Three Family-Friendly Days in Houston
We’ve just returned from a weekend trip to Houston, and I was utterly impressed with the city! I flew in with my 10-year-old son on a Friday afternoon, spent two very busy days doing everything we could fit in, visited one more major attraction on Monday morning, and then flew back to California. This trip was sponsored by Travel Texas, but we created our itinerary from scratch, based on Google searches and friends’ recommendations.
I wrote a post before we left about what we planned to do. We largely stuck to that plan, except that we added a few more stops, and we changed up our Sunday brunch plans because of logistics. Below are my thoughts on every one of our weekend activities. We enjoyed all of them, so this is a great list to start with in planning your own trip to Houston with kids. A note: my son is a foodie and into math and science. He doesn’t gravitate to animals like my two daughters, so we didn’t visit the Houston Zoo, and he felt like he’s a little old for the Children’s Museum. For other kids, those could be great options as well.
Our Three-Day Houston Itinerary
We flew into Houston, rented a car, and drove to our hotel, the Houston Marriott Medical Center/Museum District. We checked in and talked transportation with Vanessa at the front desk. She highly recommended taking the METRORail from the hotel into downtown instead of driving, and there is (very conveniently) a stop right in front of the hotel. We dropped off our things in our room and took Vanessa’s advice. Tickets are $1.25 each, good for three hours, and easily purchased at kiosks at every stop.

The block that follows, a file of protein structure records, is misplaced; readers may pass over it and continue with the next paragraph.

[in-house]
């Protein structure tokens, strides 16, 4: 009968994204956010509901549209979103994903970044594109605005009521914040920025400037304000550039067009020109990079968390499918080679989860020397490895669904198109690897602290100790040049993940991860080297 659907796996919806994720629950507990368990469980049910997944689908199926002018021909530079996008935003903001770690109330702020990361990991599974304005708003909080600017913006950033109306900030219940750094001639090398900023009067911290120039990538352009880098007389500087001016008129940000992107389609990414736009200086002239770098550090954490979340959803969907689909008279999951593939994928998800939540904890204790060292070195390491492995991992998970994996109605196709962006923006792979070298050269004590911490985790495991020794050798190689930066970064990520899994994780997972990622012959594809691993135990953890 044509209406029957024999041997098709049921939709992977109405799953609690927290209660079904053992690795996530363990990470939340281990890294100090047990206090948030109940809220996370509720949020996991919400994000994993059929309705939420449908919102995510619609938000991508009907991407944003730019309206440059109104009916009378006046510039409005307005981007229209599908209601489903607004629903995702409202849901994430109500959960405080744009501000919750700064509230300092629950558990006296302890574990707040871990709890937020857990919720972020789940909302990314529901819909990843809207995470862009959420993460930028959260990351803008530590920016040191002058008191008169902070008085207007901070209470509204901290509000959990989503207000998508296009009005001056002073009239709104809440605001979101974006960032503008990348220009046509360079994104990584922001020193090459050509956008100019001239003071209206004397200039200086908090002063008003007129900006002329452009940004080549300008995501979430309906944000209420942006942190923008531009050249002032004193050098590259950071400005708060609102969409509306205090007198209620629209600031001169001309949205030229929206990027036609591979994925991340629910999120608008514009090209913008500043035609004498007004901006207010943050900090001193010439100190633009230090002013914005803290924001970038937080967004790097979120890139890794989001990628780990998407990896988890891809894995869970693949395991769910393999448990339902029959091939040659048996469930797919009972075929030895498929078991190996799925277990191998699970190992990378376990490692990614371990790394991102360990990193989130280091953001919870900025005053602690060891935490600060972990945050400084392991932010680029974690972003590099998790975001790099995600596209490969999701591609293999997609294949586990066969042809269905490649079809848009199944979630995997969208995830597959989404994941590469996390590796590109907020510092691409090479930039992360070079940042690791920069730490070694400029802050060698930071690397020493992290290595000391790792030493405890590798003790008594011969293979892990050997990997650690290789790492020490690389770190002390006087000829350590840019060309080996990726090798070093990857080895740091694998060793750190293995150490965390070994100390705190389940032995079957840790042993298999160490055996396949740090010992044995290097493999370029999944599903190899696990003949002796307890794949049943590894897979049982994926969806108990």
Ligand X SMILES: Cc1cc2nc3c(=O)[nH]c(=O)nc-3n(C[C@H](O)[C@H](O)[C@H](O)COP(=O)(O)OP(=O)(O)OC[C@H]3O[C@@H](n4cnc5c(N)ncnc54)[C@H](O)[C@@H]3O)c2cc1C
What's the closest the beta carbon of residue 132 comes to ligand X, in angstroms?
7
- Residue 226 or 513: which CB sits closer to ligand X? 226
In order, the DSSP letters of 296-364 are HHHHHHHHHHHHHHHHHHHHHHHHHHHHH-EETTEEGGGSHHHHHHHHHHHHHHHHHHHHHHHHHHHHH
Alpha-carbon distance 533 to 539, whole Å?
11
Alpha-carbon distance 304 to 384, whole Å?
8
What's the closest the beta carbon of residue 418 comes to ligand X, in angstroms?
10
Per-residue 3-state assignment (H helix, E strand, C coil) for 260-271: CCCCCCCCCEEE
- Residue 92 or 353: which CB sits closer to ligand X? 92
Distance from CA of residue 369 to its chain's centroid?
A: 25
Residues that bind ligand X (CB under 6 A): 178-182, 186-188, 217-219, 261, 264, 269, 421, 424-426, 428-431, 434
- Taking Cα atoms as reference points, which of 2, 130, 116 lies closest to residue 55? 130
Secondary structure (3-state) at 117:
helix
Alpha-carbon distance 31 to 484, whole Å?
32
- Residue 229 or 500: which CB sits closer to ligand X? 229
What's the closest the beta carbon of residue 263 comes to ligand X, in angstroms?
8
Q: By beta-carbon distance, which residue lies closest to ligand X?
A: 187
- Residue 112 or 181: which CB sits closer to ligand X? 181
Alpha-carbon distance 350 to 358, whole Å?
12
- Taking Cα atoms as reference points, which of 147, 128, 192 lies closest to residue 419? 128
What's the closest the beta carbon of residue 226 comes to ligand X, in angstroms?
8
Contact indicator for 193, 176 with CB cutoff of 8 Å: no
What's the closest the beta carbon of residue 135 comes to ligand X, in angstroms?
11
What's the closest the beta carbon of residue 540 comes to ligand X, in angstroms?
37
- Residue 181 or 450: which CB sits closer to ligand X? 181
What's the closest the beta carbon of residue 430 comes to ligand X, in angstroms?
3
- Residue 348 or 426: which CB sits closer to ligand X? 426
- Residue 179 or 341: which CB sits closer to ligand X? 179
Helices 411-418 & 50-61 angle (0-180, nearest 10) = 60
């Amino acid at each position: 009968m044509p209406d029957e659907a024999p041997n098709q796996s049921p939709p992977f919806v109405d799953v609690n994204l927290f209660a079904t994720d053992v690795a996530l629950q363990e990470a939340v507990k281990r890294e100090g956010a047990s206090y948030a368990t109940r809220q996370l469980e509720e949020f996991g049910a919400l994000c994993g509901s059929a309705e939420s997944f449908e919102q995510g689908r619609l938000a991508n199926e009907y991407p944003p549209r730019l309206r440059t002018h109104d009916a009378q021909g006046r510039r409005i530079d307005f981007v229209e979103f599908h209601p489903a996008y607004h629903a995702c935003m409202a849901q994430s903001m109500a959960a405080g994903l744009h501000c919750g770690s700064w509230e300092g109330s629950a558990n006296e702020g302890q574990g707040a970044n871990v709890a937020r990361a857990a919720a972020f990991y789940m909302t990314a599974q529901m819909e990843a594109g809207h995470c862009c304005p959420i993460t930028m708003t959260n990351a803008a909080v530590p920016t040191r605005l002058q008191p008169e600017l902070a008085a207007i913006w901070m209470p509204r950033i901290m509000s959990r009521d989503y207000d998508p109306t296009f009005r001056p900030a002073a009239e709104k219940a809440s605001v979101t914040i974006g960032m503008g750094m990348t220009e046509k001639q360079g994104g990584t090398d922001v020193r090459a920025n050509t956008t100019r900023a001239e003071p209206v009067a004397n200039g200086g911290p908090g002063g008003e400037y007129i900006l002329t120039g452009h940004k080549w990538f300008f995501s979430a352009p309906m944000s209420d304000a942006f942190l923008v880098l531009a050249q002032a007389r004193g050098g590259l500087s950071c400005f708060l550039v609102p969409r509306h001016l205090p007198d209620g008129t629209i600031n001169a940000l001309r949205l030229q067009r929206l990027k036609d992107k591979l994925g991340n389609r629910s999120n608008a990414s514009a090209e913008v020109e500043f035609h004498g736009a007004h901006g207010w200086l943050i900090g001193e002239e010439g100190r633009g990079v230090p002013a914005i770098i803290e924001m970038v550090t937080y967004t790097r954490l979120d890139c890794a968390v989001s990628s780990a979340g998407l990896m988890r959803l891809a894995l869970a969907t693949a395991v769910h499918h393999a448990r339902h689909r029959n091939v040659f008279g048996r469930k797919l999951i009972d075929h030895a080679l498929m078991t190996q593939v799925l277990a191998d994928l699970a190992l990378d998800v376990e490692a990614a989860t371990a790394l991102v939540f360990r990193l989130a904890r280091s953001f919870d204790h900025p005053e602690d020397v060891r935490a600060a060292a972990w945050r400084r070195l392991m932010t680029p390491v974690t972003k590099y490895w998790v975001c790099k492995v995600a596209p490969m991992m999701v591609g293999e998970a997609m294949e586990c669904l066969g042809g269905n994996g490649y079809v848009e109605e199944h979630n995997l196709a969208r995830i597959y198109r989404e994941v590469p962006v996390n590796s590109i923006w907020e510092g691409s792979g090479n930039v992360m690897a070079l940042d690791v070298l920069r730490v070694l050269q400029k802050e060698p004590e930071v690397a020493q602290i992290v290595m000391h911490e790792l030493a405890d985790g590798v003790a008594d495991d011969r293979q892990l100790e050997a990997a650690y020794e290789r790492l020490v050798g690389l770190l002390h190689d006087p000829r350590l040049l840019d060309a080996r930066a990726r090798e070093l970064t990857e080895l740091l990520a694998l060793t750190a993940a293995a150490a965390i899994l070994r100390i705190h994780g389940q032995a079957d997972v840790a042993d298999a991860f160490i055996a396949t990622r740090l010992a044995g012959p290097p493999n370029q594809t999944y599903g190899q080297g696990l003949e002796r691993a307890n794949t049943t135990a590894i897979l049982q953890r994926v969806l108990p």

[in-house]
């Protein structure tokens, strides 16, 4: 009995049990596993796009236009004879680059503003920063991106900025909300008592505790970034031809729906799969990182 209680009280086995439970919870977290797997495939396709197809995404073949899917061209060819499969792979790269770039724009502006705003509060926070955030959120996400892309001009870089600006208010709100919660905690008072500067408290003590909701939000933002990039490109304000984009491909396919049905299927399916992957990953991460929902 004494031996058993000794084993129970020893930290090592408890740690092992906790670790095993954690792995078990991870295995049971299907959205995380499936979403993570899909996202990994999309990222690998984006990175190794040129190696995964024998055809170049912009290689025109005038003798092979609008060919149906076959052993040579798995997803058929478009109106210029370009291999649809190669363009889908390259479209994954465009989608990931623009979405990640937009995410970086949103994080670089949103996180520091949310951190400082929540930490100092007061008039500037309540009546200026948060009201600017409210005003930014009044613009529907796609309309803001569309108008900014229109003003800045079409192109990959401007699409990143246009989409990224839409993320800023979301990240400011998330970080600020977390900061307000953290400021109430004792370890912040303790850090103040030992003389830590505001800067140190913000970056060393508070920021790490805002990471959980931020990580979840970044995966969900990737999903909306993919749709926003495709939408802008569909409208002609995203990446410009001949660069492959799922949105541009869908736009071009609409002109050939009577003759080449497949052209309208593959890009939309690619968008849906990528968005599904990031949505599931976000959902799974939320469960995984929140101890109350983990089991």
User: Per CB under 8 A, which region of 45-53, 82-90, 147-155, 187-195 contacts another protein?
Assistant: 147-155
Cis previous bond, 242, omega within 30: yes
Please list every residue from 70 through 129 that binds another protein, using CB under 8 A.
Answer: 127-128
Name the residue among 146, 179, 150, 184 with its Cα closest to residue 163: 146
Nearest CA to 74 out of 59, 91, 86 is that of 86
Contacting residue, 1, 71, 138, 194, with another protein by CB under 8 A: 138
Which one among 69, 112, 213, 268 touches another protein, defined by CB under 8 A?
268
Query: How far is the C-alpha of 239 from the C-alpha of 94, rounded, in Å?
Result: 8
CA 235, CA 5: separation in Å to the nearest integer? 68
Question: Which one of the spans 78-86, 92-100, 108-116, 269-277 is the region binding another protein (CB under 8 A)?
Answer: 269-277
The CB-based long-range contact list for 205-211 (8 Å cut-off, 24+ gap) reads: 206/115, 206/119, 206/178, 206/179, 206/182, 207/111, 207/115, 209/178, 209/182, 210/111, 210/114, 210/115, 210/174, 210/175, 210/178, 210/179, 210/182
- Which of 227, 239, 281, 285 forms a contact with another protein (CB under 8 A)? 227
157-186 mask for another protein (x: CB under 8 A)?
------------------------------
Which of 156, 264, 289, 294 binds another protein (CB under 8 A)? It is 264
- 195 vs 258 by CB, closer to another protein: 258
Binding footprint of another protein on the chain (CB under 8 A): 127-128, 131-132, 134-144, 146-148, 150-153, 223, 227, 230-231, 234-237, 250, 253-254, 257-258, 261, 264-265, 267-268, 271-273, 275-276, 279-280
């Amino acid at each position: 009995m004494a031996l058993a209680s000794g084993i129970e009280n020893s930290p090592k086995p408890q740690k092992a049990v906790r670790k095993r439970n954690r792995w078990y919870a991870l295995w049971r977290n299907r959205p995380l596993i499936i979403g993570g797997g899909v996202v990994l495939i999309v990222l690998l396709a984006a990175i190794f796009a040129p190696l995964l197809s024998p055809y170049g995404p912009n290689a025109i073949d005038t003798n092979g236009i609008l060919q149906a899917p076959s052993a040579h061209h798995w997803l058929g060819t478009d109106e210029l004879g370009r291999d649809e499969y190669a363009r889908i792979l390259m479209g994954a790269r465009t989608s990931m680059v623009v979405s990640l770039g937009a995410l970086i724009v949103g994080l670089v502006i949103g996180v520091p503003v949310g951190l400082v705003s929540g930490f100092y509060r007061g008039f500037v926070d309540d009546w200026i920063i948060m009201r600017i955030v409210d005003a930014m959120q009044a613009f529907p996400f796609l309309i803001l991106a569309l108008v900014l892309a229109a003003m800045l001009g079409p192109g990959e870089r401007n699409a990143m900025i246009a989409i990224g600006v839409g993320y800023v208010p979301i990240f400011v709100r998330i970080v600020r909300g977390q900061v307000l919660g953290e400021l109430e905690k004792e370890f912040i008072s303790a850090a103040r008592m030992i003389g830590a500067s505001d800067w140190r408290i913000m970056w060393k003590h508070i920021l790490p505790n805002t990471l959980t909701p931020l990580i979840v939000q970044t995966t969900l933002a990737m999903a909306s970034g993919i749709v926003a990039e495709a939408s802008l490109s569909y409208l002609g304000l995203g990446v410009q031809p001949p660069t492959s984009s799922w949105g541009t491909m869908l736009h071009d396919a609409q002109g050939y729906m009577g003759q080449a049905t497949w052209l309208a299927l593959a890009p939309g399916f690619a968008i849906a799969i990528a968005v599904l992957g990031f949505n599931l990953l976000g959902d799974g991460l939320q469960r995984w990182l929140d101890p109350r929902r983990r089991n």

Nine stops from the Marriott we got off at Main Street. Our ultimate destination was a 6pm dinner reservation at Xochi, but we arrived downtown an hour early to wander around. We loved the quirky art everywhere, and had fun exploring Discovery Green with its art, fountain (no running in the water for us pre-dinner though!) and kayaking.
Then on to Xochi for dinner, with its James Beard award-winning chef and Oaxacan cuisine. We LOVED our meal! We started with the Memela (toasted masa pancake, roasted pork rib, refritos, crema, queso fresco, salsa de albañil), and then my son ordered the Cordoniz (bacon-wrapped quail stuffed with chorizo Istmeño, mole de higos, pan de elote) and I got the Cochito Istmeño (dry-rubbed pork shank braised in Istmeño peppers and roasted pineapple). We didn’t have room for dessert. Will definitely go back next time we’re in Houston – hopefully with more people, so that we can try more things!